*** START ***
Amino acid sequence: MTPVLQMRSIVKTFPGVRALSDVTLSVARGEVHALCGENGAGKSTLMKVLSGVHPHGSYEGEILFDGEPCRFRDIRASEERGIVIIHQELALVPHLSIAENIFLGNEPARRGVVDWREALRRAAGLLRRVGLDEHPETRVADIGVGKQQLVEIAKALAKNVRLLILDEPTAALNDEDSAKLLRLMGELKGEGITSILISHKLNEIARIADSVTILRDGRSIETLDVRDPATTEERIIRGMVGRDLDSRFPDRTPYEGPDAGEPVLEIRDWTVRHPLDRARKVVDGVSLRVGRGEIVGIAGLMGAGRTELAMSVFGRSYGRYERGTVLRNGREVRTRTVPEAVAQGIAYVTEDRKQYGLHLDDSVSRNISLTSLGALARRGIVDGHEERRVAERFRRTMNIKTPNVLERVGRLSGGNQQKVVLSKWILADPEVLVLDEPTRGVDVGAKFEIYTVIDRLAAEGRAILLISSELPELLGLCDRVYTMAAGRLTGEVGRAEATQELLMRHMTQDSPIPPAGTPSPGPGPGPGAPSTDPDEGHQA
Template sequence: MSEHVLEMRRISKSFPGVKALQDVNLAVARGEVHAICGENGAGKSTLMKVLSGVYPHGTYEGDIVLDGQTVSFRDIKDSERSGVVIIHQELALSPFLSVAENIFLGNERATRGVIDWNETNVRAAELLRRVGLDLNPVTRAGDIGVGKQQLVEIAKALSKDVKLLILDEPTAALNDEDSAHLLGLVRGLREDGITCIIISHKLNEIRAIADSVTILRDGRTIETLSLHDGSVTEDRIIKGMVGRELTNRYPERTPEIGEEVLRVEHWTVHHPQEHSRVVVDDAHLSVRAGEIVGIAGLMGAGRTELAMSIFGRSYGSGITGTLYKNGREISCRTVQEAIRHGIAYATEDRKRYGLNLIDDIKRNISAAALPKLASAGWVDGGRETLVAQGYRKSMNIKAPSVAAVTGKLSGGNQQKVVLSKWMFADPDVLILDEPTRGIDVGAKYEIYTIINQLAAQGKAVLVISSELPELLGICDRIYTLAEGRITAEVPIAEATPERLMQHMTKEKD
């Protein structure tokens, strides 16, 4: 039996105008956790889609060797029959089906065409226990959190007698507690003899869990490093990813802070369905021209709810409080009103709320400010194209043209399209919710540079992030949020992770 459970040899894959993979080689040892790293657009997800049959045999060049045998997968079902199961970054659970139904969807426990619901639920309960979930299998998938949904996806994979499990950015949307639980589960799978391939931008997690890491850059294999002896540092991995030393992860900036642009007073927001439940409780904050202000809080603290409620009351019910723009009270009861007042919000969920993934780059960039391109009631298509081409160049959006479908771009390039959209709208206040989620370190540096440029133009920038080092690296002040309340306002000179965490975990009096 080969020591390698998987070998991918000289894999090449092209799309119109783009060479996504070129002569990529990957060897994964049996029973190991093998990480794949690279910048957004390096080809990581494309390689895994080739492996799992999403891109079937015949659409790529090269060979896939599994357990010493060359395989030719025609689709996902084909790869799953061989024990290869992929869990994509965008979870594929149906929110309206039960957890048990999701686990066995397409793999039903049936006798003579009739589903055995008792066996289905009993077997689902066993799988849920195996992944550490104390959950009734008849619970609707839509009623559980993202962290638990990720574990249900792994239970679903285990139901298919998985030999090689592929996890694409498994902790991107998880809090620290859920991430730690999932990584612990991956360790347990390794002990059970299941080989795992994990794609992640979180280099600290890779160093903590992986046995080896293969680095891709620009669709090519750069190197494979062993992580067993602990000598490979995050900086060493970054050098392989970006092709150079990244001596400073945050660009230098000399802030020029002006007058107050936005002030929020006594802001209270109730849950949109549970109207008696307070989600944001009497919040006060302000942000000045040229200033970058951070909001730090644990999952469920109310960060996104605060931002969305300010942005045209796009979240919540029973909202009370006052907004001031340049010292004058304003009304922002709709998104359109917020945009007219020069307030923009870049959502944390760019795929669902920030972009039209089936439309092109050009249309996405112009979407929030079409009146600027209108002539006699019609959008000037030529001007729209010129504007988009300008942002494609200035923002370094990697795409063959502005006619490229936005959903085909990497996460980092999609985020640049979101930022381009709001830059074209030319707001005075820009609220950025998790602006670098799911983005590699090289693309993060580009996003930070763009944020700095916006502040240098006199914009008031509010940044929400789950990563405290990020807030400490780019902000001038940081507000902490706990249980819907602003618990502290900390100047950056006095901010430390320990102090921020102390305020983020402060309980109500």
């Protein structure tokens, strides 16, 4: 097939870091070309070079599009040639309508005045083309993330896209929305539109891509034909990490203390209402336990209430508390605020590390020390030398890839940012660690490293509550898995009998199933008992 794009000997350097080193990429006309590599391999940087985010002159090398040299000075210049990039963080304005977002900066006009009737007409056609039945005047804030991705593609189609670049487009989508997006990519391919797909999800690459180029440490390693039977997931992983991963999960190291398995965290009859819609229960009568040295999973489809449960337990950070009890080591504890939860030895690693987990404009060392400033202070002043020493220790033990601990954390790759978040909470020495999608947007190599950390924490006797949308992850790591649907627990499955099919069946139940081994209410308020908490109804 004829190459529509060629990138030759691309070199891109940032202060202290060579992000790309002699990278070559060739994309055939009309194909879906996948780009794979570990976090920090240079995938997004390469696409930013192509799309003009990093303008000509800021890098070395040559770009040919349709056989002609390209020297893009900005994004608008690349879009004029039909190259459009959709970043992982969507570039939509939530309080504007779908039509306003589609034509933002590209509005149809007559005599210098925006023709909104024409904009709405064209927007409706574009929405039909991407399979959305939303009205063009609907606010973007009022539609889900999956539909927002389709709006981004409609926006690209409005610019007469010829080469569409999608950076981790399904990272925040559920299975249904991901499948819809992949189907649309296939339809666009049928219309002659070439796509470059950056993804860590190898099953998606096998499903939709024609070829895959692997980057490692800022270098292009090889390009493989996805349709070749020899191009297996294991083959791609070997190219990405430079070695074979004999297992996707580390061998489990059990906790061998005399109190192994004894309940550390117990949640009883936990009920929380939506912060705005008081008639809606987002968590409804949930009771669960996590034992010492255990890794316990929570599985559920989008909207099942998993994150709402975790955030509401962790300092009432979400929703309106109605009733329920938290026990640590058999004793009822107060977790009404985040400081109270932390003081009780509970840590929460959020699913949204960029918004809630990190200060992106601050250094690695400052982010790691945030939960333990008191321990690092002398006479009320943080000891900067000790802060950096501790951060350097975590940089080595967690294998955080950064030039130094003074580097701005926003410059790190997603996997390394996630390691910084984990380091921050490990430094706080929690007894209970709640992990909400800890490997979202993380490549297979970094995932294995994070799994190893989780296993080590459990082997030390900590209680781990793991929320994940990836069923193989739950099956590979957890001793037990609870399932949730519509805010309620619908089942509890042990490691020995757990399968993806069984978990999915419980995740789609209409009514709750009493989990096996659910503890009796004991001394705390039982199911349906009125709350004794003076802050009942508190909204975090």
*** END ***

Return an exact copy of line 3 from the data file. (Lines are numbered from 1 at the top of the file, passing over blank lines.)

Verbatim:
């Protein structure tokens, strides 16, 4: 039996105008956790889609060797029959089906065409226990959190007698507690003899869990490093990813802070369905021209709810409080009103709320400010194209043209399209919710540079992030949020992770 459970040899894959993979080689040892790293657009997800049959045999060049045998997968079902199961970054659970139904969807426990619901639920309960979930299998998938949904996806994979499990950015949307639980589960799978391939931008997690890491850059294999002896540092991995030393992860900036642009007073927001439940409780904050202000809080603290409620009351019910723009009270009861007042919000969920993934780059960039391109009631298509081409160049959006479908771009390039959209709208206040989620370190540096440029133009920038080092690296002040309340306002000179965490975990009096 080969020591390698998987070998991918000289894999090449092209799309119109783009060479996504070129002569990529990957060897994964049996029973190991093998990480794949690279910048957004390096080809990581494309390689895994080739492996799992999403891109079937015949659409790529090269060979896939599994357990010493060359395989030719025609689709996902084909790869799953061989024990290869992929869990994509965008979870594929149906929110309206039960957890048990999701686990066995397409793999039903049936006798003579009739589903055995008792066996289905009993077997689902066993799988849920195996992944550490104390959950009734008849619970609707839509009623559980993202962290638990990720574990249900792994239970679903285990139901298919998985030999090689592929996890694409498994902790991107998880809090620290859920991430730690999932990584612990991956360790347990390794002990059970299941080989795992994990794609992640979180280099600290890779160093903590992986046995080896293969680095891709620009669709090519750069190197494979062993992580067993602990000598490979995050900086060493970054050098392989970006092709150079990244001596400073945050660009230098000399802030020029002006007058107050936005002030929020006594802001209270109730849950949109549970109207008696307070989600944001009497919040006060302000942000000045040229200033970058951070909001730090644990999952469920109310960060996104605060931002969305300010942005045209796009979240919540029973909202009370006052907004001031340049010292004058304003009304922002709709998104359109917020945009007219020069307030923009870049959502944390760019795929669902920030972009039209089936439309092109050009249309996405112009979407929030079409009146600027209108002539006699019609959008000037030529001007729209010129504007988009300008942002494609200035923002370094990697795409063959502005006619490229936005959903085909990497996460980092999609985020640049979101930022381009709001830059074209030319707001005075820009609220950025998790602006670098799911983005590699090289693309993060580009996003930070763009944020700095916006502040240098006199914009008031509010940044929400789950990563405290990020807030400490780019902000001038940081507000902490706990249980819907602003618990502290900390100047950056006095901010430390320990102090921020102390305020983020402060309980109500």